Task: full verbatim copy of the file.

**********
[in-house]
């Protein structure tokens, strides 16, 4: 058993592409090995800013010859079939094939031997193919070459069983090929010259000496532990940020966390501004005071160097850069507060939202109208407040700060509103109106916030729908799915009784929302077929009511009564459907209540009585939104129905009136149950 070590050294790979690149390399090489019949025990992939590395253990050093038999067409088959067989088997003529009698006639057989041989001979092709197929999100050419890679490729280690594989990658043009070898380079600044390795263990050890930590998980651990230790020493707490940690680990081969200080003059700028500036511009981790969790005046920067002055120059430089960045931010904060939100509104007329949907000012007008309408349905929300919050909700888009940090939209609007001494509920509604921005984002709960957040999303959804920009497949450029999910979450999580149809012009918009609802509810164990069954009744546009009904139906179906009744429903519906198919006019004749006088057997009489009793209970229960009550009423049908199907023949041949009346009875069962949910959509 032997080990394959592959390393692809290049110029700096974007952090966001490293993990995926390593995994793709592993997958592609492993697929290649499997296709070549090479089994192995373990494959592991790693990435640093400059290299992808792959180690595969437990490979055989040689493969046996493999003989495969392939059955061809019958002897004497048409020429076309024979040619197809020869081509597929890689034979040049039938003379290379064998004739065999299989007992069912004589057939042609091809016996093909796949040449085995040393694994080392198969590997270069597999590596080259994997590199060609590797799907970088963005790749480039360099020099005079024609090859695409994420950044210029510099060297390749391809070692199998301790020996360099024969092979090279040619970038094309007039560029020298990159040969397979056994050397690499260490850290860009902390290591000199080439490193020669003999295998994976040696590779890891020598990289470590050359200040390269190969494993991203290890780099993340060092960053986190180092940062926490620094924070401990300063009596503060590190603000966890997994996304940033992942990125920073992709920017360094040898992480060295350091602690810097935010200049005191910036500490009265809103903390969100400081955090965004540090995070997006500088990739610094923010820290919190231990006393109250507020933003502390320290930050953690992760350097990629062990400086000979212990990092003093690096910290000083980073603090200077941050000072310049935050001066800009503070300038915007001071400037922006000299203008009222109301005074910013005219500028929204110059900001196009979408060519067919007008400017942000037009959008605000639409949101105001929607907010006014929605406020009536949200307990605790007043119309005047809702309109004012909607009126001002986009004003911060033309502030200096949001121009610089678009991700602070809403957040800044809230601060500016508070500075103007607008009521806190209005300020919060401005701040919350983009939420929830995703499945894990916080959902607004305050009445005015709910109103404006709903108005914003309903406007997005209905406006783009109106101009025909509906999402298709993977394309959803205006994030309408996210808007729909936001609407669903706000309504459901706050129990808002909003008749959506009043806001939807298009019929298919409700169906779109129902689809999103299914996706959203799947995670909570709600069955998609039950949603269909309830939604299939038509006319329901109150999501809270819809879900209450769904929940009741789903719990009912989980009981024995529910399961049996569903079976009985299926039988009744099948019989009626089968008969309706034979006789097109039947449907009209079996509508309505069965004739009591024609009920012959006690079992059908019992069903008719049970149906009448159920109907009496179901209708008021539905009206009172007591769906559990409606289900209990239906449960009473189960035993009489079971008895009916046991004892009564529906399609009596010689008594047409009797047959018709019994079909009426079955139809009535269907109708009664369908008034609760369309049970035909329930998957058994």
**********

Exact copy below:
[in-house]
């Protein structure tokens, strides 16, 4: 058993592409090995800013010859079939094939031997193919070459069983090929010259000496532990940020966390501004005071160097850069507060939202109208407040700060509103109106916030729908799915009784929302077929009511009564459907209540009585939104129905009136149950 070590050294790979690149390399090489019949025990992939590395253990050093038999067409088959067989088997003529009698006639057989041989001979092709197929999100050419890679490729280690594989990658043009070898380079600044390795263990050890930590998980651990230790020493707490940690680990081969200080003059700028500036511009981790969790005046920067002055120059430089960045931010904060939100509104007329949907000012007008309408349905929300919050909700888009940090939209609007001494509920509604921005984002709960957040999303959804920009497949450029999910979450999580149809012009918009609802509810164990069954009744546009009904139906179906009744429903519906198919006019004749006088057997009489009793209970229960009550009423049908199907023949041949009346009875069962949910959509 032997080990394959592959390393692809290049110029700096974007952090966001490293993990995926390593995994793709592993997958592609492993697929290649499997296709070549090479089994192995373990494959592991790693990435640093400059290299992808792959180690595969437990490979055989040689493969046996493999003989495969392939059955061809019958002897004497048409020429076309024979040619197809020869081509597929890689034979040049039938003379290379064998004739065999299989007992069912004589057939042609091809016996093909796949040449085995040393694994080392198969590997270069597999590596080259994997590199060609590797799907970088963005790749480039360099020099005079024609090859695409994420950044210029510099060297390749391809070692199998301790020996360099024969092979090279040619970038094309007039560029020298990159040969397979056994050397690499260490850290860009902390290591000199080439490193020669003999295998994976040696590779890891020598990289470590050359200040390269190969494993991203290890780099993340060092960053986190180092940062926490620094924070401990300063009596503060590190603000966890997994996304940033992942990125920073992709920017360094040898992480060295350091602690810097935010200049005191910036500490009265809103903390969100400081955090965004540090995070997006500088990739610094923010820290919190231990006393109250507020933003502390320290930050953690992760350097990629062990400086000979212990990092003093690096910290000083980073603090200077941050000072310049935050001066800009503070300038915007001071400037922006000299203008009222109301005074910013005219500028929204110059900001196009979408060519067919007008400017942000037009959008605000639409949101105001929607907010006014929605406020009536949200307990605790007043119309005047809702309109004012909607009126001002986009004003911060033309502030200096949001121009610089678009991700602070809403957040800044809230601060500016508070500075103007607008009521806190209005300020919060401005701040919350983009939420929830995703499945894990916080959902607004305050009445005015709910109103404006709903108005914003309903406007997005209905406006783009109106101009025909509906999402298709993977394309959803205006994030309408996210808007729909936001609407669903706000309504459901706050129990808002909003008749959506009043806001939807298009019929298919409700169906779109129902689809999103299914996706959203799947995670909570709600069955998609039950949603269909309830939604299939038509006319329901109150999501809270819809879900209450769904929940009741789903719990009912989980009981024995529910399961049996569903079976009985299926039988009744099948019989009626089968008969309706034979006789097109039947449907009209079996509508309505069965004739009591024609009920012959006690079992059908019992069903008719049970149906009448159920109907009496179901209708008021539905009206009172007591769906559990409606289900209990239906449960009473189960035993009489079971008895009916046991004892009564529906399609009596010689008594047409009797047959018709019994079909009426079955139809009535269907109708009664369908008034609760369309049970035909329930998957058994």